Sliding Patio Doors

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Milgard sliding patio doors are crafted for smooth operation and beautiful design. Standard sliding patio doors open by sliding along horizontal tracks at the head and sill. A sliding door can be designed for either a right-hand or left-hand operation. While hinged doors open inward or outward, sliding doors does not require swing room and can accommodate tight-fitted spaces. 


Explore MIlgard sliding patio doors by product line or frame material below.

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Tuscany® Series

A beautiful, premium vinyl patio door crafted from Milgard's proprietary formula.
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Montecito® Series

Vinyl doors specially designed for new construction.
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Style Line™ Series

Satisfy your desire for a clean design with Style Line® Series slim-profile frames.
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Milgard Aluminum Patio Doors

Light and thin with the hallmark of aluminum durability.
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Rated 4 out of 5 by Some are now made of crystals though at first they were On the back of the second segment of the thorax there is a pair of black, whiplash-like filaments, and on the eighth joint there is a similar shorter pair. When this caterpillar gets ready to transform to chrysalis, it hangs itself up by its tail end, the skin splits and gradually draws back, and the chrysalis itself is revealed--pale pea-green in color with golden spots. Anyone by hunting over a patch of milkweed anywhere in the United States during the summer is quite apt to find these caterpillars feeding. It will be easy to watch them and to see them transform, and eventually to get the butterfly. The same thing may be done with anyone of the six hundred and fifty-two different kinds of butterflies in the United States. December 19, 2011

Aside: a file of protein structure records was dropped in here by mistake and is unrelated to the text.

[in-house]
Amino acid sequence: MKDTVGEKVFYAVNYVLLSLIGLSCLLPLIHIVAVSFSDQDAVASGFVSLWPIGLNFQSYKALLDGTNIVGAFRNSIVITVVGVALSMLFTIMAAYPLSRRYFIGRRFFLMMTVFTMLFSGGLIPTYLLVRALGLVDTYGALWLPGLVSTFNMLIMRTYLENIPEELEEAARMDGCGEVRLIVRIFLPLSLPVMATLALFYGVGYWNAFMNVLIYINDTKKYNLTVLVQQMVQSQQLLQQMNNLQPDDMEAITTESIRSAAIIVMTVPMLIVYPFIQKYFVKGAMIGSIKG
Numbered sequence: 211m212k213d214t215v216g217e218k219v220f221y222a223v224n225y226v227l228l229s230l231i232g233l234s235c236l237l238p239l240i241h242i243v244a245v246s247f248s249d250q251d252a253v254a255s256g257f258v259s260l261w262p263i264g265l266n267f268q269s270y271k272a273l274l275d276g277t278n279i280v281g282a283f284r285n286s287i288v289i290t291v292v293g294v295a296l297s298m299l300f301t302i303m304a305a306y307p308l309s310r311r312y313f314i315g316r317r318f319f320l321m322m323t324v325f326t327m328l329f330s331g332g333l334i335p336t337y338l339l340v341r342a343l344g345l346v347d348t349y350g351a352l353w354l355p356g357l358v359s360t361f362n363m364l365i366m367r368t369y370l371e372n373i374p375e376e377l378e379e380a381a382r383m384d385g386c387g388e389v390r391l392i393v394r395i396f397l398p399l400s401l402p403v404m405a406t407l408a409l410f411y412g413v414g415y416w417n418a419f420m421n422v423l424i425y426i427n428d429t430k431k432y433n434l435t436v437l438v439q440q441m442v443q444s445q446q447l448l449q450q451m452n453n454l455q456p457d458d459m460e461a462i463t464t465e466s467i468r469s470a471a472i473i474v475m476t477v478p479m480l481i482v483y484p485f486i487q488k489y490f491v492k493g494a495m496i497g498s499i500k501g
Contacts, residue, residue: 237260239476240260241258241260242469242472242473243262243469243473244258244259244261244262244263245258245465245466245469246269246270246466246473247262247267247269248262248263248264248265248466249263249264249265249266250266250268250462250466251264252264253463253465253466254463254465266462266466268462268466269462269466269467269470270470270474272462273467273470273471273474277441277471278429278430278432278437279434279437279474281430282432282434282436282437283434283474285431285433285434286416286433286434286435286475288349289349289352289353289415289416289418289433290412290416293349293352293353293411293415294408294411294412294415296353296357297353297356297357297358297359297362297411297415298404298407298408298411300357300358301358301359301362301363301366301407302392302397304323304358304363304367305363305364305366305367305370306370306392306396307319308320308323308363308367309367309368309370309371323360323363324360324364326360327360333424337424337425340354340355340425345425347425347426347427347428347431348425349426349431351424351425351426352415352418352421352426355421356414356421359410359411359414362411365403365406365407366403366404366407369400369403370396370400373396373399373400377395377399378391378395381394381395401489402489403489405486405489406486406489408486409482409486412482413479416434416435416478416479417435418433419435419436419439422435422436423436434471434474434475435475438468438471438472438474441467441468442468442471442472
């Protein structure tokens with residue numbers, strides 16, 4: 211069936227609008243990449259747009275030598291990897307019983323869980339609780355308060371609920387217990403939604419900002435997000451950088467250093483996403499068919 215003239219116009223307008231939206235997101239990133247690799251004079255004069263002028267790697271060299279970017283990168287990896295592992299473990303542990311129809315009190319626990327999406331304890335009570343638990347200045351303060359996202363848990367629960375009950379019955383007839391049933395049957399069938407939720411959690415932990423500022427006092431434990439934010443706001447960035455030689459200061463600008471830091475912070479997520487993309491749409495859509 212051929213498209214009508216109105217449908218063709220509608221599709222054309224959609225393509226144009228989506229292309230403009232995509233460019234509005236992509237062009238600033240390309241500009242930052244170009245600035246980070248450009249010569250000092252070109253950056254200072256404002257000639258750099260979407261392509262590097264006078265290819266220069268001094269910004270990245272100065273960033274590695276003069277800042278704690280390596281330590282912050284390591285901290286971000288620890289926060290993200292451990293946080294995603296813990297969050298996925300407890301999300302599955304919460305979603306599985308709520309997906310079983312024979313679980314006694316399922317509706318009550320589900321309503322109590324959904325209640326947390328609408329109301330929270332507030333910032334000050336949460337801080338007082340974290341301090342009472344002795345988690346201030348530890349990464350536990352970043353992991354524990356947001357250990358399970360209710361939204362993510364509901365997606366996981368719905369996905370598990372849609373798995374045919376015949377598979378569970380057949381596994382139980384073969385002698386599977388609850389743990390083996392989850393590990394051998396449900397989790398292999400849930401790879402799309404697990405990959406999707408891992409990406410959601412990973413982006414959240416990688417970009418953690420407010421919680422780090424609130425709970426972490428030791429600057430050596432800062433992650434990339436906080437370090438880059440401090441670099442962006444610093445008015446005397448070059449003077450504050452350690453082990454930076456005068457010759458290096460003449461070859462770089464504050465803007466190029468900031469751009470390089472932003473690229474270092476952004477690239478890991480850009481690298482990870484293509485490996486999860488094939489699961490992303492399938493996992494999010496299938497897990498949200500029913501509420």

Rated 5 out of 5 by It is more exciting to try If the layers were of sand, the rock is sandstone; if of clay, it is shale. Rocks made of layers of pebbles are called conglomerate or pudding-stone; those of limy material, derived perhaps from shells, are limestone. Many sedimentary rocks contain fossils, which are the shells or bones of animals or the stems and leaves of plants living in former times, and buried by successive beds of sand or mud spread over them. Much of the land is covered by a thin surface deposit of clay, sand, or gravel, which is yet loose material and which shows the mode of formation of sedimentary rocks. Some rocks have undergone, since their formation, great pressure or heat and have been much changed. They are called metamorphic rocks. Some are now made of crystals though at first they were not; in others the minerals have become arranged in layers closely resembling the beds of sedimentary rocks; still others, like slate, tend to split into thin plates. The earth's surface is continually being changed; the outcropping hard rock is worn away by wind and rain, and is broken up by frost, by solution of some minerals, etc. The loose material formed is blown away or washed away by rain and deposited elsewhere by streams in gravel bars, sand beds, and mud flats. The streams cut away their beds, aided by the sand and pebbles washed along. Thus the hills are being worn down and the valleys deepened and widened, and the materials of the land are slowly being moved toward the sea, again to be deposited in beds. There are other things which a scout ought to know and which should be characteristic of him, if he is going to be the kind of scout for which the Boy Scouts of America stand. One of these is obedience. To be a good scout a boy must learn to obey the orders of his patrol leader, scout master, and scout commissioner. He must learn to obey, before he is able to command. He should so learn to discipline and control himself that he will have no thought but to obey the orders of his officers. He should keep such a strong grip on his own life that he will not allow himself to do anything which is ignoble, or which will harm his life or weaken his powers of endurance. December 19, 2011
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